Monthly Archives: December 2003



A rascal of a fish at Selby Gardens, Canon Eos

I’ve been reading a book called My Grandfathers’ Blessings by Rachel Naomi Remen. Every time I pick it up and read even a few pages, my eyes well up with tears. (I had to stop reading it in public because it just got too embarrassing.) This book moves me because it is kind. It’s like that moment when you feel blue and someone says something unbearably nice and you just break down. When someone blesses you.

What is a blessing?

When I was in Thailand a few years ago, Matt and I discovered a cultural exchange called Monk Chat at a temple in Chiang Mai. It gave foreigners an opportunity to talk to monks about monastic life, Buddhism and Thai culture, while giving these young men a chance to practice their english and learn about us.

We asked one of the monks about meditation and he said, It is about training the mind to be skilled in thought. When you are on the bus staring at the back of someone’s head, you can use that time to worry about money or all of the things you need to do, or you can use that time to bless the people around you. This is skilled thought. Thought that serves others.

Since then, I’ve tried this trick on the bus and I noticed that it did two important things:
1. You get out of your head long enough to be present and actually see the people around you
2. It stirs a compassion in you for those same people. It’s as if the act of blessing is what cultivates compassion and not the other way around. You don’t feel compassionate so you bless, you bless so that you are filled with compassion.

I find that a lot of things work this way. For example, there is a romantic misconception that painters are struck with inspiration and dart to the canvas to create their masterpiece. Usually this is not how it happens, and if you wait until you are inspired to paint, you might never do it! But if you simply begin moving the brush around, dipping into the colors, you find inspiration (and even joy) in the process and want to continue.

The same goes for meditation. If you wait until you feel peaceful enough to meditate, you might wait a lifetime. But if you simply stop and sit (out of a commitment to the practice) you begin to find that peaceful place within.

Maybe we have it backwards. All of this waiting to feel ready, inspired, strong enough, smart enough. Maybe the writing of the book is in the end what will make us feel ready to write the book, and the blessing of others will make us feel blessed ourselves.

Merry Christmas y’all

Cherie and Oscar, Nikon Coolpix 4500

Happiest days to you all.
I loved your lists on the previous entry. Keep em’ comin.

Things I learned in 2003


Fern in Selby Gardens, Canon Eos

1. That I love being married. That the ritual of a wedding is even more powerful, sacred and deep than I ever imagined. That when people ask the slightly ridiculous question of, So, do you feel different? You actually do.

2. That I’m allergic to papayas and if I drink the juice my face gets so red hot and blotchy that my husband will exclaim, Ew! and take several steps away from me.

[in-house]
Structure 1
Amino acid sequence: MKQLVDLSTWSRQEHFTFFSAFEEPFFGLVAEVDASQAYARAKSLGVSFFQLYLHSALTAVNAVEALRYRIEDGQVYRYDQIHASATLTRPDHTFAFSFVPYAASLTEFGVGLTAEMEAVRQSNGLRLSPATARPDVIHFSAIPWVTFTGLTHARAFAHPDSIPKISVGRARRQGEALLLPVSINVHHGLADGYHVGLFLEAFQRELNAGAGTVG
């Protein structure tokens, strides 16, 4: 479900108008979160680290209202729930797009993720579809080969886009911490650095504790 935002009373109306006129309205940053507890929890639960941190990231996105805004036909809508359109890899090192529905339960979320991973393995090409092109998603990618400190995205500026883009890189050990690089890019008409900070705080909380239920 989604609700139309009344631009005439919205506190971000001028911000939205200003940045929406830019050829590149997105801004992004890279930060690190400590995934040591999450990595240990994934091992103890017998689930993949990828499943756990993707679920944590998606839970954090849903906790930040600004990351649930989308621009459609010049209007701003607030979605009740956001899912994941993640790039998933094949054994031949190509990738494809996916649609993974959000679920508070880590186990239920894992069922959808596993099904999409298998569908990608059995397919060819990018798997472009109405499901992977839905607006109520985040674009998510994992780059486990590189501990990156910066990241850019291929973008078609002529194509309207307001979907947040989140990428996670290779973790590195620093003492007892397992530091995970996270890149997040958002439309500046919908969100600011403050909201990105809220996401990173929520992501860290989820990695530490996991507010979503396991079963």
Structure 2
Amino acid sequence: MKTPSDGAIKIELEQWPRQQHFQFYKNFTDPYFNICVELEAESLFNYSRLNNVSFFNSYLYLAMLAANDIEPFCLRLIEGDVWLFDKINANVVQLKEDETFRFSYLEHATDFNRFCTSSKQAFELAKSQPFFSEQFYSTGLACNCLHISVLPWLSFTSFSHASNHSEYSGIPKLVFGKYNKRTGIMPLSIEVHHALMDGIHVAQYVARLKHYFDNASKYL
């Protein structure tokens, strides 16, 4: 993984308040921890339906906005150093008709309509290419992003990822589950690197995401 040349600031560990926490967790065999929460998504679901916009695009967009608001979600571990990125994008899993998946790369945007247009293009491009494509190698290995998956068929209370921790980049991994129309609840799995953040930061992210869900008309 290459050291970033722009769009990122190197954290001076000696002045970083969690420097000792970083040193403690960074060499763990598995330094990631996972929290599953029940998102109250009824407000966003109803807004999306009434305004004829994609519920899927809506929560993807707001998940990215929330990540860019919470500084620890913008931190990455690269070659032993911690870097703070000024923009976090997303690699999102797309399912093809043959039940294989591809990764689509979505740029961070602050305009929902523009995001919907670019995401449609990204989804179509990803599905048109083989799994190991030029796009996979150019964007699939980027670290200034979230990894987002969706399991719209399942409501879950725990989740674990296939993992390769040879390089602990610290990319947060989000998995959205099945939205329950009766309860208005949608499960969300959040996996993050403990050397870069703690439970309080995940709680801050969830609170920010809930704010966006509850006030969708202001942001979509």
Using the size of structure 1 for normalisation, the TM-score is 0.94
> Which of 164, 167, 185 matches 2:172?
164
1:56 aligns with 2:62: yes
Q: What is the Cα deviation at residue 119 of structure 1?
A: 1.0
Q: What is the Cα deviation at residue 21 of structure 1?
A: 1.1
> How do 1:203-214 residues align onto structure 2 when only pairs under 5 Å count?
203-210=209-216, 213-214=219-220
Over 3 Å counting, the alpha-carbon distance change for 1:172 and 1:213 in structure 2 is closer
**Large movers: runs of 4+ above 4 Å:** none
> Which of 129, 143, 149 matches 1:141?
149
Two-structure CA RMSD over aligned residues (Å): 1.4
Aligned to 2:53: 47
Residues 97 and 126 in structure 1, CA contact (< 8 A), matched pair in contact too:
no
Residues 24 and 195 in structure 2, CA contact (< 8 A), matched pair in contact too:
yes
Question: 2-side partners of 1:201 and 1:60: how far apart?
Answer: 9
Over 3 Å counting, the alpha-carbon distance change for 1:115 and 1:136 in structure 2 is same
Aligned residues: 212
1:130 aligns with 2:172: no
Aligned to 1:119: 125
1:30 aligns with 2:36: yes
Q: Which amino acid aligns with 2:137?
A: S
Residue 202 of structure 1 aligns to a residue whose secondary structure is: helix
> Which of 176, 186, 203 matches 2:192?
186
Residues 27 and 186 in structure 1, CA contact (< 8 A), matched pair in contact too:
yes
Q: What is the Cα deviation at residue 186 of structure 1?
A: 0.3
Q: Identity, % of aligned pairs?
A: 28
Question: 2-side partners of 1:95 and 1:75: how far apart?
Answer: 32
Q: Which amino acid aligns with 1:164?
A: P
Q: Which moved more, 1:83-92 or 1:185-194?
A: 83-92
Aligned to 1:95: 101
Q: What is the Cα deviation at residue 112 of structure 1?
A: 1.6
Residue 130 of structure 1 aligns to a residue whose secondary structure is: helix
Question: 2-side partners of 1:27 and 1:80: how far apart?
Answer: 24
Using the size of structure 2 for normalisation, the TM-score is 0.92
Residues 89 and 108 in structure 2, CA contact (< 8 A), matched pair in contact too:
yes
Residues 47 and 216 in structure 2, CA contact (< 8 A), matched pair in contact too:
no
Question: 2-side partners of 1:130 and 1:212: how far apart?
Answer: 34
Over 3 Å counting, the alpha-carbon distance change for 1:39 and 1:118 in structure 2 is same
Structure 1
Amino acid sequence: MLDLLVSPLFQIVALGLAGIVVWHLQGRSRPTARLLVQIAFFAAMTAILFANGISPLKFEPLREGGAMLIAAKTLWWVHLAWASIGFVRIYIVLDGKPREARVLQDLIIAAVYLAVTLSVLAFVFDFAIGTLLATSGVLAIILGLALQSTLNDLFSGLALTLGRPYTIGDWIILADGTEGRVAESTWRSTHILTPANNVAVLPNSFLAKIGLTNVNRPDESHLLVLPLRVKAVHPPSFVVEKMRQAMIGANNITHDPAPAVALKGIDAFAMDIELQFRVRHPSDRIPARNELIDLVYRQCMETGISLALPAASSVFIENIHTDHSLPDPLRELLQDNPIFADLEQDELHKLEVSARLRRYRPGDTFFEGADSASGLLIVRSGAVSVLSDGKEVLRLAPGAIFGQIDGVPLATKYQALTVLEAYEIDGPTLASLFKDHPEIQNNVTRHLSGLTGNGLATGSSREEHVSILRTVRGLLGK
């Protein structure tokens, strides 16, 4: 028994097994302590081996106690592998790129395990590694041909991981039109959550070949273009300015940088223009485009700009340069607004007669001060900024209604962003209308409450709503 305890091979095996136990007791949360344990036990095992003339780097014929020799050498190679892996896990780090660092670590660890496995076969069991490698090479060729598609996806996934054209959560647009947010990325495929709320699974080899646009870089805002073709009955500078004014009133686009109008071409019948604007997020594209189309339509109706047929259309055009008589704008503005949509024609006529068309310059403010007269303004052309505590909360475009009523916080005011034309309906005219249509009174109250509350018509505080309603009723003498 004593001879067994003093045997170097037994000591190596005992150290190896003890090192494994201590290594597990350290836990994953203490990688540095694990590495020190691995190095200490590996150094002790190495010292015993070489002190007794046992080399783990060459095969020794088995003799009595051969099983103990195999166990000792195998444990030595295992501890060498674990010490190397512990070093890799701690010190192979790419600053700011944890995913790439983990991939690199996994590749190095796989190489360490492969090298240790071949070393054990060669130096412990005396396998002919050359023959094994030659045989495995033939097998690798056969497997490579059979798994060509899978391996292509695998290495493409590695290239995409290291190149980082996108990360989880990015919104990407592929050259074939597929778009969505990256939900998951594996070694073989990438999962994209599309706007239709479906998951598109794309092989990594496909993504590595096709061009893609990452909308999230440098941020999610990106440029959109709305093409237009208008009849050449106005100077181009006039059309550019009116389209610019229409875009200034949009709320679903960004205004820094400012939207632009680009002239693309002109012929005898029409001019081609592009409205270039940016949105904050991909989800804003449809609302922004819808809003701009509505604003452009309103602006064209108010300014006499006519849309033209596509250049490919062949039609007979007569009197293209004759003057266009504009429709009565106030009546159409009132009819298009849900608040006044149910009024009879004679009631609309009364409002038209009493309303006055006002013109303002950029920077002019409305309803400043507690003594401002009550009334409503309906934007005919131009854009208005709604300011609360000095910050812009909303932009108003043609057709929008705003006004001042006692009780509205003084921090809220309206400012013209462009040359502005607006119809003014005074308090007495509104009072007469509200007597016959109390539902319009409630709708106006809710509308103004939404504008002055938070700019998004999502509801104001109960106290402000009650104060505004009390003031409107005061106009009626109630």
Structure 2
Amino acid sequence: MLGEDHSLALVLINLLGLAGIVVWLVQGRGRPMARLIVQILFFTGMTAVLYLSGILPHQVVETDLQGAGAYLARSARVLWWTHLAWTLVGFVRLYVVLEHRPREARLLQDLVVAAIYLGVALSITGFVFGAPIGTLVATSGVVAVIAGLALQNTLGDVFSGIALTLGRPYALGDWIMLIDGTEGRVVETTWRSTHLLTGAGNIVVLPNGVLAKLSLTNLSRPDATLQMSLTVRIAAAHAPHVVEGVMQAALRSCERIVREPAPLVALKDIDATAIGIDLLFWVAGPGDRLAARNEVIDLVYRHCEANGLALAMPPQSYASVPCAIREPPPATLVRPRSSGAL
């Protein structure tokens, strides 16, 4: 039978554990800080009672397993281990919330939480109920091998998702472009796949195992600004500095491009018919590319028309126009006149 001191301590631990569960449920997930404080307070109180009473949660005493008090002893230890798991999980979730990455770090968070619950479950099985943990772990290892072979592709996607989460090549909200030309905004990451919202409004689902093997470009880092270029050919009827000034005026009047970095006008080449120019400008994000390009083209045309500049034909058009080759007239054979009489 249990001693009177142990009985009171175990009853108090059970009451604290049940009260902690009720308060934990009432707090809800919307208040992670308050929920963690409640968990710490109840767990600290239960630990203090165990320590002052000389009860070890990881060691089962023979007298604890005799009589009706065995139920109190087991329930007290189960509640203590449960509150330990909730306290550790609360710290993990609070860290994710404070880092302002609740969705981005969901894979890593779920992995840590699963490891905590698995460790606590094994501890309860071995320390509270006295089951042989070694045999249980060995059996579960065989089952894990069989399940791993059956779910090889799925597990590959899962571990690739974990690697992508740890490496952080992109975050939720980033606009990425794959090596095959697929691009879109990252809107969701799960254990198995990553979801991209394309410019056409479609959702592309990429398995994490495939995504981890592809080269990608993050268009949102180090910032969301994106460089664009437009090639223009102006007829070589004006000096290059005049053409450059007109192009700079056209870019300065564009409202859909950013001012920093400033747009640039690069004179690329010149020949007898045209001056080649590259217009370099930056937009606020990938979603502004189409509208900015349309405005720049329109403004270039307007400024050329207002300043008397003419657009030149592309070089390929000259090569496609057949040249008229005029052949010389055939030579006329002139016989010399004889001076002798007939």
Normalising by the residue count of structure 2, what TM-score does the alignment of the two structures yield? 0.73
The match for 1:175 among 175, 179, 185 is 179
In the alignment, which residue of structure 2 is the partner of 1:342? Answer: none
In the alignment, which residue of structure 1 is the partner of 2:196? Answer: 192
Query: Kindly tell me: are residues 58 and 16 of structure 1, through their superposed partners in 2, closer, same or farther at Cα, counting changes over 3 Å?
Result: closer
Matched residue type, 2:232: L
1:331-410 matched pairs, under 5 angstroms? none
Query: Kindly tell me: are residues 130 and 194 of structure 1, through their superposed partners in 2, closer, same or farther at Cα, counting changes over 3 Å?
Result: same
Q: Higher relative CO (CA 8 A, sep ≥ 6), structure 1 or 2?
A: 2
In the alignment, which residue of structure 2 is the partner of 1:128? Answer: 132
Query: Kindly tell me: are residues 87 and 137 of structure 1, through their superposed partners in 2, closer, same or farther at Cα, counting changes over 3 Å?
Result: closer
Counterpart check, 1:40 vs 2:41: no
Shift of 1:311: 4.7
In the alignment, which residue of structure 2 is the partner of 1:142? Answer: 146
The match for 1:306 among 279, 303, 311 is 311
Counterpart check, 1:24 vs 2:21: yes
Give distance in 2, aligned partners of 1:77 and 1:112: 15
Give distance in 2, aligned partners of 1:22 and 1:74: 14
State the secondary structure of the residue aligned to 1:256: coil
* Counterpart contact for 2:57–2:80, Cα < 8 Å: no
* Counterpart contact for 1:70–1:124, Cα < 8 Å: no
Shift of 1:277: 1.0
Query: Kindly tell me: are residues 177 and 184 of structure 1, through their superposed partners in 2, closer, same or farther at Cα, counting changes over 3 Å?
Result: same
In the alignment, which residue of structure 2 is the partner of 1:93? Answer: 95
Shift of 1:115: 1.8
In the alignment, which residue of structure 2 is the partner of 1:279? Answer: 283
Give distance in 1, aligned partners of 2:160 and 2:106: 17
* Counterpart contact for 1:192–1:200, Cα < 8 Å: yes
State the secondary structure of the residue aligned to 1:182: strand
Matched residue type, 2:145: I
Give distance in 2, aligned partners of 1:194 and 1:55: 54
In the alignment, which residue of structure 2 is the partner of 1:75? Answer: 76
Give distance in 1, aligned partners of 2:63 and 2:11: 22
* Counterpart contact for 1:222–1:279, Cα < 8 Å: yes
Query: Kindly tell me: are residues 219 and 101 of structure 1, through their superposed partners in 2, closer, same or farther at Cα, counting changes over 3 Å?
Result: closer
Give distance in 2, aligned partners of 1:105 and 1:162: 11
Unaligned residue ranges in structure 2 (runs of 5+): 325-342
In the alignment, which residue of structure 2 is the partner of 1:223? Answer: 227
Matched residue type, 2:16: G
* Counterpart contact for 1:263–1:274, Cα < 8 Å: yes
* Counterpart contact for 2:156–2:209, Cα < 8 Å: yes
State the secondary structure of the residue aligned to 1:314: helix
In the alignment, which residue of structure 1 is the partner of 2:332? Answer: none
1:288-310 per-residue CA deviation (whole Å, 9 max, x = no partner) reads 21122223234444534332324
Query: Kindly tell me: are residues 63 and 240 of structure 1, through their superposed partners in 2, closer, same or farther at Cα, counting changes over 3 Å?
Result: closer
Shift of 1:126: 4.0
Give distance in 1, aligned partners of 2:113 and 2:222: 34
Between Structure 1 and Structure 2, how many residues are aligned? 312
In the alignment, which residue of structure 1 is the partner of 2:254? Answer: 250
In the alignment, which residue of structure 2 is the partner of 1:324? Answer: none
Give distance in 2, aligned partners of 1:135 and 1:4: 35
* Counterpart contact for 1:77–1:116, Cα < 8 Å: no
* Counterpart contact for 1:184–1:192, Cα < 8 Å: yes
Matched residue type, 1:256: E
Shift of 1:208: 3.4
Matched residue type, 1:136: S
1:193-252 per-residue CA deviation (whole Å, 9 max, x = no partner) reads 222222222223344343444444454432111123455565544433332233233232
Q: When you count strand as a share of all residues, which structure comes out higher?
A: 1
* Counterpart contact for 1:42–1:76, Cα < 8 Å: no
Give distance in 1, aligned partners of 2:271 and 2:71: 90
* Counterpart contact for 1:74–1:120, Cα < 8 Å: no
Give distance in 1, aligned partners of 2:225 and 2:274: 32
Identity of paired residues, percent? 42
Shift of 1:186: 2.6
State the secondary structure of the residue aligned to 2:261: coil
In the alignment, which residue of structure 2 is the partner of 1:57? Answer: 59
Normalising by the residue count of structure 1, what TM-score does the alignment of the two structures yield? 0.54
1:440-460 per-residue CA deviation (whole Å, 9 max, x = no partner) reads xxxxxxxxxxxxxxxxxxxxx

3. That sometimes doing is better than thinking. That being in action is better than plotting, strategizing, planning, worrying and speculating. That one can think oneself into a black hole in about 30 seconds.

4. That it’s never too late to ask for a bright orange basketball for Christmas. (I can’t wait to play HORSE with the drunk guys at the playground)

5. That meditation is difficult, shows no signs of getting easier, and the desire to scream FUCK! into the stillness will never go away either.

6. That having faith doesn’t always mean trusting God, or the universe or spirit. It also means trusting yourself, your partner, your friends, your body. That having faith means trusting not only in what you can’t see, but what you can.

What have you learned in 2003?

Every day matters

Drawing by Danny Gregory from his book Everyday Matters

Okay, so I’ve been working my arse off and haven’t been writing in ages. What I have been doing however (when I finally collapse at the end of the day) is reading. And the book that has brought me the most joy these days is a book called Everyday Matters by Danny Gregory.

This book is a visual journal filled with drawings, stories, and bits of wisdom tucked into unlikely places. I love that the drawings aren’t perfect in any traditional way and his stories are incredibly personal and real. Danny is not afraid to tell the truth about things and he does so in a simple and beautiful way.

The story of his family will move you (and his insights that follow) but what brought me to tears at several moments in the book were Danny’s descriptions of why he draws, and how drawing saved his life.

They are so many ways to access the present, to capture the moment, and really stop and see what is around you. But being a visual person, I am attracted to drawing as a way to do this elusive thing As a way to pray or to count your blessings as Danny says. He reminded me of why drawing is a meditation, why it is a spiritual act, and why art makes life richer.

You can see excerpts of his book on his web site. I think you will love it.